Two different times, I’ve been adopted and come back to my foster mom. My foster grand mom says it’s because I want to come back to be spoiled. The first time I was adopted, I was never crated, and never quite figured out who was in charge. I wanted it to be me and the resident dog didn’t like that so things didn’t work out well. I’ve never had problems with other dogs at my foster mom's house. In fact, there have been as many as three other dogs in the household and I’ve usually gotten along well with all of them. The second time I went to the home of a very nice couple. I really messed up there. I kept trying to get loose and proved to be just too much for them to deal with. Even though at both adoptive homes I walked a lot, I was just too energetic and too focused on getting loose. At my foster mom's house I get to sleep on the people bed (even during the day); also, during the day, I’m let out on a very long lead so I can be either outside or inside. When my foster mom goes out without me she leaves me in the crate. I don’t like it very much and will cry/howl for a little while, then settle down until she comes back to let me out. I really like rides but I want to keep moving all the time; I ride in my crate for my protection.
All in all, I’m one big lovable beagle lady. There’s now some white in my muzzle; otherwise I’ve kept my lovely color. If you would like a companion that will love you, unconditionally and will keep you on your toes, I just might be the beagle for you. I love my foster mom but I’d really rather have a forever family of my own. Both of my foster sisters, Amber and Polly went to the Rainbow Bridge this year, so for right now I’m not sharing my foster mom with anyone. I know it will make her sad if I leave her too, but she will be so happy for me to have my own family that she won’t be sad for long. Come and see me at an adoption day or other BREW activity; I’ll be the one hogging all the belly rubs!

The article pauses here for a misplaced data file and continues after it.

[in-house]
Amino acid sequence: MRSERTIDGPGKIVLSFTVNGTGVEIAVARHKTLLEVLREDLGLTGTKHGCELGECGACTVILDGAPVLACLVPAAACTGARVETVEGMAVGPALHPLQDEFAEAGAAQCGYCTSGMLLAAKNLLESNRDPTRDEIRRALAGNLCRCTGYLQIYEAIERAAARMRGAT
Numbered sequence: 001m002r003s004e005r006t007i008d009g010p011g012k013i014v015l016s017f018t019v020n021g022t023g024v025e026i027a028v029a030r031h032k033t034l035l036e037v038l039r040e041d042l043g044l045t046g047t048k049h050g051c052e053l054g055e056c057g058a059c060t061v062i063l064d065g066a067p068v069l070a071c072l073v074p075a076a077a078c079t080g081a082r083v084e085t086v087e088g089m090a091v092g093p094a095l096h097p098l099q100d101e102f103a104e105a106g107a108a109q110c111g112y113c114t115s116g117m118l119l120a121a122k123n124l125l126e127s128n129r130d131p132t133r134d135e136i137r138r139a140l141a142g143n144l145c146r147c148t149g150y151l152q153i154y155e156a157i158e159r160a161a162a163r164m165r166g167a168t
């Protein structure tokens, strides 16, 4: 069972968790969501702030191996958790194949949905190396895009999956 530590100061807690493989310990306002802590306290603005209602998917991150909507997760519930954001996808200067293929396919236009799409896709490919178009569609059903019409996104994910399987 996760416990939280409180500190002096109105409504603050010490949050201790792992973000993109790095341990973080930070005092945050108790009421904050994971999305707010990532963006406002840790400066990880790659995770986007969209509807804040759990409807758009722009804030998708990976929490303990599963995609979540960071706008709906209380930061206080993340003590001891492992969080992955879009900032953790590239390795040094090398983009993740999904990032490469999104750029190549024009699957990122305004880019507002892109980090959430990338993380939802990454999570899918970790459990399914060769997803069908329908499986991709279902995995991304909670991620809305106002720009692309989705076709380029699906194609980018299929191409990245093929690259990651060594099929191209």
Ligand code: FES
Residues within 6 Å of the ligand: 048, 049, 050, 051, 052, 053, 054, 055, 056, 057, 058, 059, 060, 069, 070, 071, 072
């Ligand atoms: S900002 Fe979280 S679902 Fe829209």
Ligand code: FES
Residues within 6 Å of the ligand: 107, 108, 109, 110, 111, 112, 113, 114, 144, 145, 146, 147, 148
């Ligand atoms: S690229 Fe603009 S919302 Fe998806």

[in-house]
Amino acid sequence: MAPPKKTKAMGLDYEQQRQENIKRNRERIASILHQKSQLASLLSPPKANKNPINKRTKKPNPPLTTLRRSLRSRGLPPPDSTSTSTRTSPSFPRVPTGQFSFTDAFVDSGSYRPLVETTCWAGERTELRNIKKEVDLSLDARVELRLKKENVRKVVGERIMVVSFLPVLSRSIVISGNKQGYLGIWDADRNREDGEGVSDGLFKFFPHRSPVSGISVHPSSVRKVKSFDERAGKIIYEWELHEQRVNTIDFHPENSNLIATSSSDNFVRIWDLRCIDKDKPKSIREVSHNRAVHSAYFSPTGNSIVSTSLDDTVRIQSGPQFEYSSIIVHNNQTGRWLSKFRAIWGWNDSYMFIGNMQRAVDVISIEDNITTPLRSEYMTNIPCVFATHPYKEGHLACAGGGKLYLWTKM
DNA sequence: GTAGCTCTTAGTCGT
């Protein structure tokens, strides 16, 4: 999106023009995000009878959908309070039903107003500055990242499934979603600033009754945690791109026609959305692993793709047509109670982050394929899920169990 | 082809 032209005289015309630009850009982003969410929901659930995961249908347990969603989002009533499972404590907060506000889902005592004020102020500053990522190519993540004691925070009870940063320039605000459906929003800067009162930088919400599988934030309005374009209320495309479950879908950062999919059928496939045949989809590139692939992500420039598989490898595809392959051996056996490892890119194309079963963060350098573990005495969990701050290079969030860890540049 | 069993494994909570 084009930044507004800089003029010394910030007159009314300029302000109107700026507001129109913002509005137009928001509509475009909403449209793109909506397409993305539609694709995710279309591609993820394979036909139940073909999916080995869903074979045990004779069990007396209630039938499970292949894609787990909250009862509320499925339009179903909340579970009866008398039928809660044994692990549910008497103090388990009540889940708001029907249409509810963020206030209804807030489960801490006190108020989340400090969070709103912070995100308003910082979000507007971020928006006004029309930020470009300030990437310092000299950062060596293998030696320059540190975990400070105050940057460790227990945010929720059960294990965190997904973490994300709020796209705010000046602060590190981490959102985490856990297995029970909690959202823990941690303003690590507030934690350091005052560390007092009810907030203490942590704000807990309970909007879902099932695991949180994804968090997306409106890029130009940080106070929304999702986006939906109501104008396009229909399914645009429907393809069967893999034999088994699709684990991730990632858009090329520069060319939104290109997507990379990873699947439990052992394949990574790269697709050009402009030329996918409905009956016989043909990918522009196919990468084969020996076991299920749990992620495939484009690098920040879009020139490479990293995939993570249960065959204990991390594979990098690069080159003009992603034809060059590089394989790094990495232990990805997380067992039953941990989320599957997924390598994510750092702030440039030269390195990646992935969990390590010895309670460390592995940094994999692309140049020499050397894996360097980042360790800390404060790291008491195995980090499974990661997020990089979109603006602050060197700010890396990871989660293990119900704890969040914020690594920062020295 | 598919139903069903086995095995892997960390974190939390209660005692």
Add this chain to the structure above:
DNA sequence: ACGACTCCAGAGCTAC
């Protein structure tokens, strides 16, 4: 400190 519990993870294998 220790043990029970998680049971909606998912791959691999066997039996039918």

8 FEBRUARY 2016: Leah continues to be a rambunctious, loving gal, and she would very much like to find her forever home!
10 AUGUST 2015: Leah remains a wonderfully affectionate dog who loves to run and play. She needs to be tired out every day. The addition of a treadmill to the household may help that. The only thing Leah likes better than her people is to run as far and as free as she can manage. Therefore anyone considering Leah as an addition to their family needs to be aware she needs to be under your physical control any time she is outside, even in your back yard. Leah is incredibly smart and will find and exploit even the smallest opening or foothold, if she thinks it will get her out.
I keep a halter on her rather than a collar. Even so, she has slipped it several times recently; each time she has either come when I called or come in on her own. Given her history, those few times are not enough to get her dog door access during the night. Since the last post, she will sometimes go in the crate without trouble but not always. Then we employ the wheelbarrow.
Leah will stand at my chair and look up at me; if I say no, she will go away; if yes she happily jumps up and cuddles on my lap for a while, sometimes going to sleep. She is usually good with her two foster sisters but won’t hesitate to do a hip swing to make room if there is something interesting going on. Her idea of a walk on the leash is to run full tilt or as fast as you will let her. Leah definitely needs obedience training and is smart enough to benefit from it IF she wants to.
All in all, Leah is a truly wonderful handful. You just need to know her priorities and be ready to deal with them. She’s great with children; she can be overwhelming in her welcome so would not be suitable for smaller children unless she settles down appreciably.
6 APRIL 2014: Leah is a friendly, active gal who on the lookout for a foster and/or forever home that can provide her with plenty of exercise. She loves people and other dogs. Leah was adopted by a wonderful family in February 2014, but unfortunately, she repeatedly escaped from their yard, and they made the difficult decision to return Leah to BREW to find her a home with a more suitable yard. Leah will require a yard with a privacy fence that she can neither climb nor dig under, and she also needs regular run and play time. Leah is currently back in her original foster home, but BREW is also keeping an eye out for a foster home with a more "Leah-proof" fence situation. If this smart, active gal may be a good fit for your family, please let BREW know!